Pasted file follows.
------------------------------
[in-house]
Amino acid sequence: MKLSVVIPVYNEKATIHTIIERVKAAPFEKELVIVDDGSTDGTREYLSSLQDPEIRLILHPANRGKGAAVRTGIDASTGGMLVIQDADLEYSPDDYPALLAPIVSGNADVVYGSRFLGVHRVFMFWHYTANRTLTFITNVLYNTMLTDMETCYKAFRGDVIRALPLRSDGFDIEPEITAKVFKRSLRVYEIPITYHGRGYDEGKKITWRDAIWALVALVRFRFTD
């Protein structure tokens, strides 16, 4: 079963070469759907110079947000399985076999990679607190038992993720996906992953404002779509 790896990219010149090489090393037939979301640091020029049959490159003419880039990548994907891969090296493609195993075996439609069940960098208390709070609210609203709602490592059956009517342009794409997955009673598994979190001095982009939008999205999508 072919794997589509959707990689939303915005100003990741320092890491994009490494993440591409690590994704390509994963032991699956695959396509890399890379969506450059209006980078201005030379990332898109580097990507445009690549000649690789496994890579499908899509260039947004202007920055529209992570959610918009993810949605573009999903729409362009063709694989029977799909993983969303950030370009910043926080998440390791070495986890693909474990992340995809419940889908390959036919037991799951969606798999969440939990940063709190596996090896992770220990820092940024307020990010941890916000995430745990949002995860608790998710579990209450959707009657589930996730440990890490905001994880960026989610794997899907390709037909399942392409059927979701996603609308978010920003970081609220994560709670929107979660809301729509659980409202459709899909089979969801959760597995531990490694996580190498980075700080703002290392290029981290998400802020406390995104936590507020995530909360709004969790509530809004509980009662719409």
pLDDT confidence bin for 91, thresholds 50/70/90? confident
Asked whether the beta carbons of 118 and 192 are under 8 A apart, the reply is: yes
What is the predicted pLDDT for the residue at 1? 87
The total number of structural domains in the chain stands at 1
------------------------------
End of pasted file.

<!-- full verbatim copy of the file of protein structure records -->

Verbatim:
[in-house]
Amino acid sequence: MKLSVVIPVYNEKATIHTIIERVKAAPFEKELVIVDDGSTDGTREYLSSLQDPEIRLILHPANRGKGAAVRTGIDASTGGMLVIQDADLEYSPDDYPALLAPIVSGNADVVYGSRFLGVHRVFMFWHYTANRTLTFITNVLYNTMLTDMETCYKAFRGDVIRALPLRSDGFDIEPEITAKVFKRSLRVYEIPITYHGRGYDEGKKITWRDAIWALVALVRFRFTD
């Protein structure tokens, strides 16, 4: 079963070469759907110079947000399985076999990679607190038992993720996906992953404002779509 790896990219010149090489090393037939979301640091020029049959490159003419880039990548994907891969090296493609195993075996439609069940960098208390709070609210609203709602490592059956009517342009794409997955009673598994979190001095982009939008999205999508 072919794997589509959707990689939303915005100003990741320092890491994009490494993440591409690590994704390509994963032991699956695959396509890399890379969506450059209006980078201005030379990332898109580097990507445009690549000649690789496994890579499908899509260039947004202007920055529209992570959610918009993810949605573009999903729409362009063709694989029977799909993983969303950030370009910043926080998440390791070495986890693909474990992340995809419940889908390959036919037991799951969606798999969440939990940063709190596996090896992770220990820092940024307020990010941890916000995430745990949002995860608790998710579990209450959707009657589930996730440990890490905001994880960026989610794997899907390709037909399942392409059927979701996603609308978010920003970081609220994560709670929107979660809301729509659980409202459709899909089979969801959760597995531990490694996580190498980075700080703002290392290029981290998400802020406390995104936590507020995530909360709004969790509530809004509980009662719409």
pLDDT confidence bin for 91, thresholds 50/70/90? confident
Asked whether the beta carbons of 118 and 192 are under 8 A apart, the reply is: yes
What is the predicted pLDDT for the residue at 1? 87
The total number of structural domains in the chain stands at 1